A study of 6,542 students (Hake, 1998) who took introductory physics courses in high schools, colleges and universities was conducted to compare the effectiveness of interactive engagement in the classroom as compared to traditional lecture style presentations. Not surprisingly, the average gain (measured as per Halloun-Hestenes Mechanics Diagnostic test, Force Concept Inventory, and Mechanics Baseline test) due to interactive engagement delivery is significantly higher than traditional courses.
In another paper by Hake (1997), he lists several interactive engagement methods that have been used successfully for teaching physics. These include collaborative Peer Instruction, microcomputer-based labs, concept tests, modeling, active learning problem sets or overview case studies, physics-education-research based text or no text, and socratic dialogue inducing labs.
It should be noted that interactive engagement is "necessary but not sufficient for marked improvement over traditional methods" (Hake, 1997) since there are a number of colleges which have marginal gain even when interactive engagement activities were used.
I like the Epilogue that Hake included in his 1997 article:
I am deeply convinced that a statistically significant improvement would occur if more of us learned to listen to our students....By listening to what they say in answer to carefully phrased, leading questions, we can begin to understand what does and does not happen in their minds, anticipate the hurdles they encounter, and provide the kind of help needed to master a concept or line of reasoning without simply "telling them the answer."....Nothing is more ineffectually arrogant than the widely found teacher attitude that ’all you have to do is say it my way, and no one within hearing can fail to understand it.’....Were more of us willing to relearn our physics by the dialog and listening process I have described, we would see a discontinuous upward shift in the quality of physics teaching. I am satisfied that this is fully within the competence of our colleagues; the question is one of humility and desire.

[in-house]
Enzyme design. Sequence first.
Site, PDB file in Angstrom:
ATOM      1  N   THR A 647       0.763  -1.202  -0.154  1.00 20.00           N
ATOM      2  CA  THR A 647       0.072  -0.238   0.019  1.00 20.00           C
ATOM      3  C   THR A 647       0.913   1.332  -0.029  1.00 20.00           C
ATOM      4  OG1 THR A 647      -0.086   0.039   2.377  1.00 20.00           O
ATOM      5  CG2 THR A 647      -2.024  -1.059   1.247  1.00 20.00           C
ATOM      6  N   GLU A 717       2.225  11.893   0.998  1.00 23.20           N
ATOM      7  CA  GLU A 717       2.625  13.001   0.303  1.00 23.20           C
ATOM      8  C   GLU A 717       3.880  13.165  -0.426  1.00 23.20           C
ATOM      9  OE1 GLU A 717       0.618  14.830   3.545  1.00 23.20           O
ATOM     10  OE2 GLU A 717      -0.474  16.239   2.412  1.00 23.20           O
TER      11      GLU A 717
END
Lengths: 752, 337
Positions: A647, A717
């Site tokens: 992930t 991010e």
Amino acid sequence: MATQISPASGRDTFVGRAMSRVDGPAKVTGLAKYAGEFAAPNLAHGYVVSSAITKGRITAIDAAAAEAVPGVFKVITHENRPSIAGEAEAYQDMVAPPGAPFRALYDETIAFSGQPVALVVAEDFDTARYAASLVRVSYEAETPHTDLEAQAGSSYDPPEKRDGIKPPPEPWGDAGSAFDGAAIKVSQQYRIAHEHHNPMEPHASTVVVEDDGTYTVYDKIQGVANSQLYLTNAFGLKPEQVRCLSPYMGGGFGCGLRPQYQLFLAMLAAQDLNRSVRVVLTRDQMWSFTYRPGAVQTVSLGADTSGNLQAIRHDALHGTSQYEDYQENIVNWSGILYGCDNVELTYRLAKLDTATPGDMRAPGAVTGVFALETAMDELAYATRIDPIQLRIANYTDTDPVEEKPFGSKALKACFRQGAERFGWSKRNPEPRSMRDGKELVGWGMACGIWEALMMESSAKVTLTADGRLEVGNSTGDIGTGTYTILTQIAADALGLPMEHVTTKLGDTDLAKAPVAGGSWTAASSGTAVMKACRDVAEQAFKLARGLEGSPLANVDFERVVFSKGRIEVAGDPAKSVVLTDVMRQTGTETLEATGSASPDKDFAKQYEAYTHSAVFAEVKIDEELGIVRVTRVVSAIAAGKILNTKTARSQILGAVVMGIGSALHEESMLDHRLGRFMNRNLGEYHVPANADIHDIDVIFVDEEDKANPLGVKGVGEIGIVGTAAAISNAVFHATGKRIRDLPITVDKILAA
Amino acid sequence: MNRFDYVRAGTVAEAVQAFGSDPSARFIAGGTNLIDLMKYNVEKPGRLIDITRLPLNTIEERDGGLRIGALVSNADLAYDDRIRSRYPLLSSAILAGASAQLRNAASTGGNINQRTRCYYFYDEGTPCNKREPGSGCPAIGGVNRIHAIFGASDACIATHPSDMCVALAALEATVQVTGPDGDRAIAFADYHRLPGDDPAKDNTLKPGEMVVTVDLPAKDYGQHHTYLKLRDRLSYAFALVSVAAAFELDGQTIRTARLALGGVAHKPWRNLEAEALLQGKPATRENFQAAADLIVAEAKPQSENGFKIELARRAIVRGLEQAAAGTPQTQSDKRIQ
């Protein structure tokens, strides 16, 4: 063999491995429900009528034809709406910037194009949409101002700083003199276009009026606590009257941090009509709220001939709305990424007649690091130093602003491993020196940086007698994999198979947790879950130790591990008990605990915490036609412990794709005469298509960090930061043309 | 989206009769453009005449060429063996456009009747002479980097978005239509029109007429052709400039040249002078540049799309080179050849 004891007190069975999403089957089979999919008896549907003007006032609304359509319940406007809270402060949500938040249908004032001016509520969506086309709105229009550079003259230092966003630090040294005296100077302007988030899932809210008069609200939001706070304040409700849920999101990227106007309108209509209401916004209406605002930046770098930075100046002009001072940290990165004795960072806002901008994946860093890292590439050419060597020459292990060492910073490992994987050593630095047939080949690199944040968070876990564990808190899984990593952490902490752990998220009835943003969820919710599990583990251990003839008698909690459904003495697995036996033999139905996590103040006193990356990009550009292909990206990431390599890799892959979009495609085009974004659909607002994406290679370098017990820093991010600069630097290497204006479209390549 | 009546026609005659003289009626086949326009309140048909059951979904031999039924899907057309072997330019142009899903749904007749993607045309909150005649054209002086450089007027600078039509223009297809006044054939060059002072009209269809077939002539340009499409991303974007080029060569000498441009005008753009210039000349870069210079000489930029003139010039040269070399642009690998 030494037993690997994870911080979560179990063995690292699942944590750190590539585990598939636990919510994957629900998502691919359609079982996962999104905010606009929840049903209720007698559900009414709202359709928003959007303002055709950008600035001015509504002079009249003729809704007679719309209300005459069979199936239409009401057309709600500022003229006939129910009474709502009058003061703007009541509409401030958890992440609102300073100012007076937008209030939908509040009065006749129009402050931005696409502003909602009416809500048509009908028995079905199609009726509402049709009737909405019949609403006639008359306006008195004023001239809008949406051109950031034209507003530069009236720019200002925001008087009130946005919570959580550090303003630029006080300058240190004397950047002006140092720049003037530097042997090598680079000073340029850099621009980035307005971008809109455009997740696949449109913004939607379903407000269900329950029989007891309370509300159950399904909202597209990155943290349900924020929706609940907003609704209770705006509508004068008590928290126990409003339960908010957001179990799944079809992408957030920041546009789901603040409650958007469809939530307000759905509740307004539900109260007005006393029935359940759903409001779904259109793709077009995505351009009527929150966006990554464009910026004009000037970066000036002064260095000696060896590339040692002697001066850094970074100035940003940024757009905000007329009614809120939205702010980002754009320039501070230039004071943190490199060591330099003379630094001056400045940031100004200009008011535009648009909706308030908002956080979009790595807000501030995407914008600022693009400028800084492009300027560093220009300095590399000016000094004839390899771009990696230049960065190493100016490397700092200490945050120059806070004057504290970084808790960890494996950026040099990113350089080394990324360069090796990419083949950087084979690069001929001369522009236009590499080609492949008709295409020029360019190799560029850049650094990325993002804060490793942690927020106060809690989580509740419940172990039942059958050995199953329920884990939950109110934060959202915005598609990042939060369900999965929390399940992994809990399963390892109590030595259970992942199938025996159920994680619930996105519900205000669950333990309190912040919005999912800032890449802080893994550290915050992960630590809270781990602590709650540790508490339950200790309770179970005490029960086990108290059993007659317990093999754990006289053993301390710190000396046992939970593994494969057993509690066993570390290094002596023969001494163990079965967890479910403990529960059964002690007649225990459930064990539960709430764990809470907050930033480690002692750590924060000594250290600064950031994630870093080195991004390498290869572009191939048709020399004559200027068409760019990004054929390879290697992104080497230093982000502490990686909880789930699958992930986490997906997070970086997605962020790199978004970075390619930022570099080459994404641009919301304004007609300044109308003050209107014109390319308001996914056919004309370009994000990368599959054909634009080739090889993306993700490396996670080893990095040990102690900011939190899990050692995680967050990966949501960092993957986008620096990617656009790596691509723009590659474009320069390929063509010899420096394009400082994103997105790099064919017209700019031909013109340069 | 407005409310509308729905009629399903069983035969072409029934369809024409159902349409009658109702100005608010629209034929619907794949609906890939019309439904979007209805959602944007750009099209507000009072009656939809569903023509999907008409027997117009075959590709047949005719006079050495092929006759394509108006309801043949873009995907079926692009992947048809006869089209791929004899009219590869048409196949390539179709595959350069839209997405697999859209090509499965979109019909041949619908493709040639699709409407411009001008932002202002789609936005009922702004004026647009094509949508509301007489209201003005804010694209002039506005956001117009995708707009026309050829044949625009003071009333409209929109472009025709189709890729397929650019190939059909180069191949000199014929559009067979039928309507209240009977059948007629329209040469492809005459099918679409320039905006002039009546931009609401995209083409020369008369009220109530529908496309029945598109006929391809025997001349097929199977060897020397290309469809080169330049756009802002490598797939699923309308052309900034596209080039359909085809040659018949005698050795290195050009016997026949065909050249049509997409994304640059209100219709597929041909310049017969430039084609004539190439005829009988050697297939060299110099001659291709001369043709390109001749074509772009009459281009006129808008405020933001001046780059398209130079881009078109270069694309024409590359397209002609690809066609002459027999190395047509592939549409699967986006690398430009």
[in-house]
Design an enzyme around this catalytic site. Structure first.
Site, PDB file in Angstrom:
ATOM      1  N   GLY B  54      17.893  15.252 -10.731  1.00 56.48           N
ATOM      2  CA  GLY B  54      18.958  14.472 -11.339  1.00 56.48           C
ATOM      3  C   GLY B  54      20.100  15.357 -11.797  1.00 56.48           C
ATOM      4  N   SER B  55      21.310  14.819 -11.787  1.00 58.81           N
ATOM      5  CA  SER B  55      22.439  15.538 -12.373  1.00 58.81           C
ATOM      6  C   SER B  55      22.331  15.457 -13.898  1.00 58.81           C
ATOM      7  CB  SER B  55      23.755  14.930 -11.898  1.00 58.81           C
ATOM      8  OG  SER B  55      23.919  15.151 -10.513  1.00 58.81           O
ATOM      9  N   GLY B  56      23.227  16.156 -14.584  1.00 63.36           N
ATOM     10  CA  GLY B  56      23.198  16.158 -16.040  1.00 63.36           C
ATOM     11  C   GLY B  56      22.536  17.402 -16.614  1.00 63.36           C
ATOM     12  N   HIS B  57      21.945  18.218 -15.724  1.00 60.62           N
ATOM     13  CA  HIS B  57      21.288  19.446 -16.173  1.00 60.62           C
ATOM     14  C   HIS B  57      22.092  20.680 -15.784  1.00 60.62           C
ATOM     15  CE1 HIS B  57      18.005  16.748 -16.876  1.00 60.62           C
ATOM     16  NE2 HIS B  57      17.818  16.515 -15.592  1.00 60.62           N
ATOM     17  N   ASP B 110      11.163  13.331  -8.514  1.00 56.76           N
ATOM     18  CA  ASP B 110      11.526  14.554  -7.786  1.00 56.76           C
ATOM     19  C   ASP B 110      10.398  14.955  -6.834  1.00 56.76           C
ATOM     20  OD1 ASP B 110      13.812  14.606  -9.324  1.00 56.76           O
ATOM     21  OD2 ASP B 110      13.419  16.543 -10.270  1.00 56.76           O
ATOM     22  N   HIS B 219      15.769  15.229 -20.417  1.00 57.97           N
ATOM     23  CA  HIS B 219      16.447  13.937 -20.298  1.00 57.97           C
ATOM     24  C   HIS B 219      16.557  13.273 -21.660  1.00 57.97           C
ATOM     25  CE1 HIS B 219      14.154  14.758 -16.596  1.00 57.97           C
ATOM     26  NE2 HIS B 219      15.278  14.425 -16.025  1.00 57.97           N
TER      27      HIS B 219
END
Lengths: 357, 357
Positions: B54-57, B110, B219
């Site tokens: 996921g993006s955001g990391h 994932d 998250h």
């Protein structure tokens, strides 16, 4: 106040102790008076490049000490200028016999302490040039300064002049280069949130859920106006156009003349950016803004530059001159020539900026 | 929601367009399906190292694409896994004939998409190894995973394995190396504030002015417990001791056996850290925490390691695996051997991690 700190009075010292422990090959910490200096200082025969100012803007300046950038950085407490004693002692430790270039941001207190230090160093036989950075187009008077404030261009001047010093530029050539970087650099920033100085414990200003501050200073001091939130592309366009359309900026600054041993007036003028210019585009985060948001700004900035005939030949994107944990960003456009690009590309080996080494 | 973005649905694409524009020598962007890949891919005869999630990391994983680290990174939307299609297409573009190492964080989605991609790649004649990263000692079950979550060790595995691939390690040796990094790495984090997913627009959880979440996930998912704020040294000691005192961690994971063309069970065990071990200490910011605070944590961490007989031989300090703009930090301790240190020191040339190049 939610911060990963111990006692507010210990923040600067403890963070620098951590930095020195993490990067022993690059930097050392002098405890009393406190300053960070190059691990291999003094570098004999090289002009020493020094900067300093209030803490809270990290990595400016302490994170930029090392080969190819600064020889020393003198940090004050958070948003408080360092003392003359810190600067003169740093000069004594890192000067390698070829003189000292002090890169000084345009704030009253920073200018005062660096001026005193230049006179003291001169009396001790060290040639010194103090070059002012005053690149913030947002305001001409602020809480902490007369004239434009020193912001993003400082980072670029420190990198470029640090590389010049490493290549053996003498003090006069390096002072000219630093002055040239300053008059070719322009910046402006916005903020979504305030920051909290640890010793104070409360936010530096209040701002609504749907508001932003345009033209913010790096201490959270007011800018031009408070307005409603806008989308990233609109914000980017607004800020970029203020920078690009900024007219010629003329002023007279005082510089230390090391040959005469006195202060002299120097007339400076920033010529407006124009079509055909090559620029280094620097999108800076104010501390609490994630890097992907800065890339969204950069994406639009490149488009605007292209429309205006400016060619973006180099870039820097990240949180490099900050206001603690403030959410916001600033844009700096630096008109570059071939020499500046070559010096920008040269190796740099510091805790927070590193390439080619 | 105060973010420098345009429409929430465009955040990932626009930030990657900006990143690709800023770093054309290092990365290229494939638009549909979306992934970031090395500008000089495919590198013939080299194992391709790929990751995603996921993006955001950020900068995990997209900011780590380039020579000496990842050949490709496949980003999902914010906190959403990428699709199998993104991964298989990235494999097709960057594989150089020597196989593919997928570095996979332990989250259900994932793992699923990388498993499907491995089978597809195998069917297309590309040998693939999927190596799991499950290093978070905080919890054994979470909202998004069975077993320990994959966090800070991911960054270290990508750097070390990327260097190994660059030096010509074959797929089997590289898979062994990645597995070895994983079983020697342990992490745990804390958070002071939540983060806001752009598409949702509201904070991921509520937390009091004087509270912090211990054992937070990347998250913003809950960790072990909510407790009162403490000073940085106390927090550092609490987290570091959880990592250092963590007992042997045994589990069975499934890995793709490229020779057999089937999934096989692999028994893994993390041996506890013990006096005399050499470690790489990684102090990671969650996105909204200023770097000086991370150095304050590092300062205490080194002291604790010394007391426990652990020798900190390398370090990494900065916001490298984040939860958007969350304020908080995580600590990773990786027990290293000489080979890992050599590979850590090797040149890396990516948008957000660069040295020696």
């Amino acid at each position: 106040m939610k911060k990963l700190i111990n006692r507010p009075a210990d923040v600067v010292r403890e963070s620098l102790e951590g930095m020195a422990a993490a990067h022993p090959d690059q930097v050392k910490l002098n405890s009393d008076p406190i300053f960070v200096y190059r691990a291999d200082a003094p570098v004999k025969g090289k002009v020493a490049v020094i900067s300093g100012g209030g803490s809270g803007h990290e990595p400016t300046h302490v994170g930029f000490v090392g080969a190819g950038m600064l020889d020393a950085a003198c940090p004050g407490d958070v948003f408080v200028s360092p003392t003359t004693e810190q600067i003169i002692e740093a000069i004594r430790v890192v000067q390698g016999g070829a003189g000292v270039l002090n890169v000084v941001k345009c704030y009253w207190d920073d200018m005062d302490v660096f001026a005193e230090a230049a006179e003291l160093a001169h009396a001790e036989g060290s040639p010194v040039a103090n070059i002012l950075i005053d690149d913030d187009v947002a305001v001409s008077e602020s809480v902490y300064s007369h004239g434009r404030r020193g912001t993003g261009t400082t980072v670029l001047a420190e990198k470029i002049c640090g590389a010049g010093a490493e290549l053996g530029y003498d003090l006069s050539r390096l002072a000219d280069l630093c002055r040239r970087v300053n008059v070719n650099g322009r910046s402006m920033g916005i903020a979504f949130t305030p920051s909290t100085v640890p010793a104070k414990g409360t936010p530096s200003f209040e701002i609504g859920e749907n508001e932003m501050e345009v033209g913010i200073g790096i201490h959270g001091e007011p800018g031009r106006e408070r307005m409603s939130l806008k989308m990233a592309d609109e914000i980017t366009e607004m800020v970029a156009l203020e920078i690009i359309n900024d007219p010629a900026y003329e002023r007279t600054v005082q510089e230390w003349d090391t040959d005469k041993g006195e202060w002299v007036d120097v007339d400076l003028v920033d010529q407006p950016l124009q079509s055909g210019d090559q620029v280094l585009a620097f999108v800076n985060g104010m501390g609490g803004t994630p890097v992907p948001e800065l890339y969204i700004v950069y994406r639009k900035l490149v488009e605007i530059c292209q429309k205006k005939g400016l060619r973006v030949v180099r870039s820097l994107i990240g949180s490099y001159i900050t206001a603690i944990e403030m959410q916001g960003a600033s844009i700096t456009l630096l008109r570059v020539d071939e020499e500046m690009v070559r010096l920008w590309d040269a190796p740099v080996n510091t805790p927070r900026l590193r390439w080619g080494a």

Arnold Arons, Am. J. Phys. 42, 157 (1974)
I often wonder whether this applies to Computer Science. Afterall, don't we know pretty well how our students think? ... or do we?
Hake, Richard. (1997). "Interactive engagement methods in introductory mechanics courses". Retrieved on August 6, 2009 from http://www.physics.indiana.edu/~sdi/IEM-2b.pdf.
Hake, Richard. (1998). "Interactive-engagement versus Traditional Methods: A six-thousand-student survey of mechanics test data for introductory physics courses". American Association of Physics Teacher. 66(1), pp64-74.